Abstract: Since the 2000s, the BRICS countries have been extensively researched due to their increasing economic growth rates, attractiveness for foreign direct investment (FDI), and their influence on the global economic system. BRICS countries, which constitute 24% of the global gross domestic product (GDP), increased their influence on the global economy with a growth rate of 6.21% while causing environmental degradation due to excessive use of resources. The rise in carbon dioxide (CO2) emissions is a significant indicator of environmental deterioration. Studies analyzing the relationship between tourism and economic indicators are relatively rare, despite the abundance of research on the impact of economic growth on carbon emissions. To fill this gap in the literature, this study was conducted. Using a panel data analysis approach, this study aims to examine the impact of tourism, economic growth, and FDI on carbon emissions in BRICS countries between 1995 and 2020. The results from the Westerlund cointegration test suggest a long-term relationship between CO2 emissions, GDP, FDI, and international tourist arrivals, indicating a cointegration relationship. According to the panel Dynamic Ordinary Least Squares (DOLS) test statistic, all the coefficients are statistically significant at either the 1% level or the 5% level. The DOLS test indicates that a one-unit increase in GDP leads to a 0.10% rise in CO2 emissions. Based on the results of the research, managerial implications are discussed and suggestions for future research are presented.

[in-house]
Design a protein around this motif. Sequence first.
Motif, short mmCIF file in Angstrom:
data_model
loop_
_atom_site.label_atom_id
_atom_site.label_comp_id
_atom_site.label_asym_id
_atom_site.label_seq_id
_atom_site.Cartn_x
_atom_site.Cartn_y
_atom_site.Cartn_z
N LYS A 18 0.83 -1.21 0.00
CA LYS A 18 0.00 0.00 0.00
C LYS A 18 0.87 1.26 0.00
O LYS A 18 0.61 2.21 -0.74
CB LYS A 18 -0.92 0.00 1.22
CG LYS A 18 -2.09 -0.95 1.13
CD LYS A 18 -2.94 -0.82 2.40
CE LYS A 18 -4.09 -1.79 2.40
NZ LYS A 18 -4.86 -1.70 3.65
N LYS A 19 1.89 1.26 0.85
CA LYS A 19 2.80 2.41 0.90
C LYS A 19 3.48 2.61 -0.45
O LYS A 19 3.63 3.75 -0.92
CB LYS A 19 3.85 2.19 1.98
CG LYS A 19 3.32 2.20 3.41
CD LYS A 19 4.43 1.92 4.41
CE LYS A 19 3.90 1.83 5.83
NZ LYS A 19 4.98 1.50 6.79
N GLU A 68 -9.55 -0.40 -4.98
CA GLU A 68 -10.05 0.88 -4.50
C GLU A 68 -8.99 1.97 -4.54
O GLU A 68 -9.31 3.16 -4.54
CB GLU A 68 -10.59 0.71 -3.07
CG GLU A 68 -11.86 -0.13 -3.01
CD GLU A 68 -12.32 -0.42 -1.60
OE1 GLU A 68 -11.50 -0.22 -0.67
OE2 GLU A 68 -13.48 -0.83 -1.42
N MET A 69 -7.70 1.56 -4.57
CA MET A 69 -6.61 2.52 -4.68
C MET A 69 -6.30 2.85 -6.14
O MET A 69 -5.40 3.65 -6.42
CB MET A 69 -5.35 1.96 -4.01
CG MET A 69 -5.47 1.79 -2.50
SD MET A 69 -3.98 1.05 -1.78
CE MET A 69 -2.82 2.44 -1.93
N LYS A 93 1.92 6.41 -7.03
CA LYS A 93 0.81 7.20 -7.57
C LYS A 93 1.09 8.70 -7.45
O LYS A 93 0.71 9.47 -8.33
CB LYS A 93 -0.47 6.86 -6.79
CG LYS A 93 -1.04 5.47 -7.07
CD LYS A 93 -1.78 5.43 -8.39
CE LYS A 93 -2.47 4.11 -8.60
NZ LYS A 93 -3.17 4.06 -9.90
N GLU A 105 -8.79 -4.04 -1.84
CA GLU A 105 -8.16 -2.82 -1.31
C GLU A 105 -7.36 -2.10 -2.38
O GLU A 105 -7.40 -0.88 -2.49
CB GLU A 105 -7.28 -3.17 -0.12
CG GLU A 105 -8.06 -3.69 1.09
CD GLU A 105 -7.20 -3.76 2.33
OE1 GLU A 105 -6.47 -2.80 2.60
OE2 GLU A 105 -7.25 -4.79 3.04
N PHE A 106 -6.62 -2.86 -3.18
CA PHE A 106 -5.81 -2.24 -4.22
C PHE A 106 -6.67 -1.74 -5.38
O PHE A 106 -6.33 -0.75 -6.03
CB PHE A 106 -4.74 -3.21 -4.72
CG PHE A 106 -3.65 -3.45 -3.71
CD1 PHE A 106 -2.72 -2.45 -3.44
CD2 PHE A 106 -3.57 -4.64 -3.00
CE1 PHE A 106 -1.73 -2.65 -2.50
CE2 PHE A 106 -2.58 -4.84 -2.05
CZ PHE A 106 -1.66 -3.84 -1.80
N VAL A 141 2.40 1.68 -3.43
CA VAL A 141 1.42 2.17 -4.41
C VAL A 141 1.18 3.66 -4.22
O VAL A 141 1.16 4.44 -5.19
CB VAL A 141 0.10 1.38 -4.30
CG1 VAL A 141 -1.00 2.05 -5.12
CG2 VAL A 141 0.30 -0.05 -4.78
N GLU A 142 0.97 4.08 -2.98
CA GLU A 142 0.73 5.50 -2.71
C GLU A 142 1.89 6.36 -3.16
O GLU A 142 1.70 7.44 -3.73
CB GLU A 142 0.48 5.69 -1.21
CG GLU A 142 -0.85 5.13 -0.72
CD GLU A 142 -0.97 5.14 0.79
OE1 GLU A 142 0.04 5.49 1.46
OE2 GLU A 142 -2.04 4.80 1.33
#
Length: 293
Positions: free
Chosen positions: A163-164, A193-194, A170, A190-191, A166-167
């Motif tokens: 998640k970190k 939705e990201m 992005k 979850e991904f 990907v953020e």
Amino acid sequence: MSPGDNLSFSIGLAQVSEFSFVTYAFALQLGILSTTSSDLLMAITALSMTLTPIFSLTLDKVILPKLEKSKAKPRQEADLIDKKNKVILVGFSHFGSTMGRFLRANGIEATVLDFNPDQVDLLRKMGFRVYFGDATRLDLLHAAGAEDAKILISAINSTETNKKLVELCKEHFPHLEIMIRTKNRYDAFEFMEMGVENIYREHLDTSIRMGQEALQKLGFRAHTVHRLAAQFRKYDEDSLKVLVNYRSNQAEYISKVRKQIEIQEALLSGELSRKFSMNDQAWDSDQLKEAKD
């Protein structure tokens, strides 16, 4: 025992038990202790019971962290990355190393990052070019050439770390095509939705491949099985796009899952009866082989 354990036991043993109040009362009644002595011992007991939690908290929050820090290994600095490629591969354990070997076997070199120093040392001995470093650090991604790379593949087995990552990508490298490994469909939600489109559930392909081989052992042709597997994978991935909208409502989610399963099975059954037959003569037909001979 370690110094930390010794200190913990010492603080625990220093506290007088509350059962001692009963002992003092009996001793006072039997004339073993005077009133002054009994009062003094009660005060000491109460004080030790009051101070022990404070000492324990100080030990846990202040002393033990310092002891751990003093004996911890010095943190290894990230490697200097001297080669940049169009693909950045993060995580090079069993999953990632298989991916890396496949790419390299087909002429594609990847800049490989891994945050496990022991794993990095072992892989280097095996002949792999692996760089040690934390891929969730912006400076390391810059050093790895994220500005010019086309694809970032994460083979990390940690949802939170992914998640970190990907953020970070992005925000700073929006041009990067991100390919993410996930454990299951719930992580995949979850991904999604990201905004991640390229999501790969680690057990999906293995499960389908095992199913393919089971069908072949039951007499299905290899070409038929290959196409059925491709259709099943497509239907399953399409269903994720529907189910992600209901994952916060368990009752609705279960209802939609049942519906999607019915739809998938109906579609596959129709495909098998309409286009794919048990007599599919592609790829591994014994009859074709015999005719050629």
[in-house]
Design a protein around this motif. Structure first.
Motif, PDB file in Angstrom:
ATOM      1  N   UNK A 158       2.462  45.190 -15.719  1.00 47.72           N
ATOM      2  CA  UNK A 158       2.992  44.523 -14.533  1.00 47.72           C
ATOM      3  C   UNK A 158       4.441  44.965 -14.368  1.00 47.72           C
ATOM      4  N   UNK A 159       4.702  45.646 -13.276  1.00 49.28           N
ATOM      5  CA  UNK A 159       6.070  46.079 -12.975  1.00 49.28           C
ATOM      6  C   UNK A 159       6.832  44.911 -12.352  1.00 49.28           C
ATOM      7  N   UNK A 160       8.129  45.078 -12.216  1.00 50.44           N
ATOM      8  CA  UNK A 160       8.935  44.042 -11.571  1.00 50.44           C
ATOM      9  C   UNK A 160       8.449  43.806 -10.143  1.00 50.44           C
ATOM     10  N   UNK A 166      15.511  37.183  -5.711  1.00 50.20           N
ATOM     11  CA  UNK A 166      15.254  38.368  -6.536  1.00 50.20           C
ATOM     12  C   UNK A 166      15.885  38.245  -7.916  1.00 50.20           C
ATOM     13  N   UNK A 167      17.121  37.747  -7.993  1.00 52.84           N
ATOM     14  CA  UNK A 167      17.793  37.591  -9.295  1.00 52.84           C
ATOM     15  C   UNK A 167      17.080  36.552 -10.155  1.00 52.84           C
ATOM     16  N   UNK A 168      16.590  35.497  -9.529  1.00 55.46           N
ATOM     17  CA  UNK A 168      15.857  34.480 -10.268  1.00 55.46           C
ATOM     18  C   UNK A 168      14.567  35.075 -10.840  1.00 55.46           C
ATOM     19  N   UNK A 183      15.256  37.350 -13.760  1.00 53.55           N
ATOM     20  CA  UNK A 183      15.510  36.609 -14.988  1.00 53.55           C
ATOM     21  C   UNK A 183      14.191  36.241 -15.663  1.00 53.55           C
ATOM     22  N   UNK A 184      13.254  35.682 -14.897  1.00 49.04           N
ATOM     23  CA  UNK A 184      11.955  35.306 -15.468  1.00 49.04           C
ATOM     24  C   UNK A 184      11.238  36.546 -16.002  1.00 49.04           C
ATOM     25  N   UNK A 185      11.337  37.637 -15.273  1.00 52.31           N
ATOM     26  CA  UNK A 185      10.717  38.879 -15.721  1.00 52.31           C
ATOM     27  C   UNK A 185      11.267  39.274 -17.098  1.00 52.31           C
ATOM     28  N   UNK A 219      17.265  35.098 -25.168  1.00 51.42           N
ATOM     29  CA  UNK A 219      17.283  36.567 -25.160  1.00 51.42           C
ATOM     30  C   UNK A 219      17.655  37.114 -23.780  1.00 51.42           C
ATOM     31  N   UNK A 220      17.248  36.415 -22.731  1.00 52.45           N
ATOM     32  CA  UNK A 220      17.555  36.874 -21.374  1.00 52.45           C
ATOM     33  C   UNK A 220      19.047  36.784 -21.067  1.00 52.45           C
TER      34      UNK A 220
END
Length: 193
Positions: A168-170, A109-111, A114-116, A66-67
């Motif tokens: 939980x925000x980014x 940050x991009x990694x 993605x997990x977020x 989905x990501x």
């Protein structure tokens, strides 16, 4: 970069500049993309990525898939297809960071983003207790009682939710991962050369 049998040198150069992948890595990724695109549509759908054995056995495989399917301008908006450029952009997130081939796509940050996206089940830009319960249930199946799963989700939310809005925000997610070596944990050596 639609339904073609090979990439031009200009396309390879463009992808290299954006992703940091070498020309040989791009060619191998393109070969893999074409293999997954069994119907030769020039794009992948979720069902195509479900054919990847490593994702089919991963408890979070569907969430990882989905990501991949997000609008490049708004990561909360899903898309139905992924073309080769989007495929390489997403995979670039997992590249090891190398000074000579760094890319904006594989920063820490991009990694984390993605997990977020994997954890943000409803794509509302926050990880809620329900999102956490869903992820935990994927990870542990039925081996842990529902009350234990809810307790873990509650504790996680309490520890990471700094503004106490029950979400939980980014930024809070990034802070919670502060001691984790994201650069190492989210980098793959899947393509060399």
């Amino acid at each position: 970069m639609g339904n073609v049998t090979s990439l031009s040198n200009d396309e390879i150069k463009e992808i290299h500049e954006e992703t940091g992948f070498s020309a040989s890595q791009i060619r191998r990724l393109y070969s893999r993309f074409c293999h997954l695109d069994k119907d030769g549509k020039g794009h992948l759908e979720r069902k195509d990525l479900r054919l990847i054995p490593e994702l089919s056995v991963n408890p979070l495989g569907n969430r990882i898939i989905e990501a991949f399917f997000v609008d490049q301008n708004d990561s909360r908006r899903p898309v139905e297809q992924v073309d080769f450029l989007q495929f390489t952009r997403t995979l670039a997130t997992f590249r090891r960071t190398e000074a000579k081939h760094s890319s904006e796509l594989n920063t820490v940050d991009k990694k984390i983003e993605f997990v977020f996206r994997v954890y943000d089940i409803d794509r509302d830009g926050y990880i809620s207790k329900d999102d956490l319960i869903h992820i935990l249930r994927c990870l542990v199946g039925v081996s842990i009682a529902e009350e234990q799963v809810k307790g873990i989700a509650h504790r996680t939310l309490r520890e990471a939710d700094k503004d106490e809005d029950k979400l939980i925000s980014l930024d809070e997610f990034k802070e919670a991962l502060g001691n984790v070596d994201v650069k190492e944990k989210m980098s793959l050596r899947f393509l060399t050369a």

Keywords: CO2 Emissions, BRICS, Tourism, Economic Growth, Foreign Direct Investment, Panel Data Analysis.

JEL codes: C50, Q50, Z32.

DOI: ...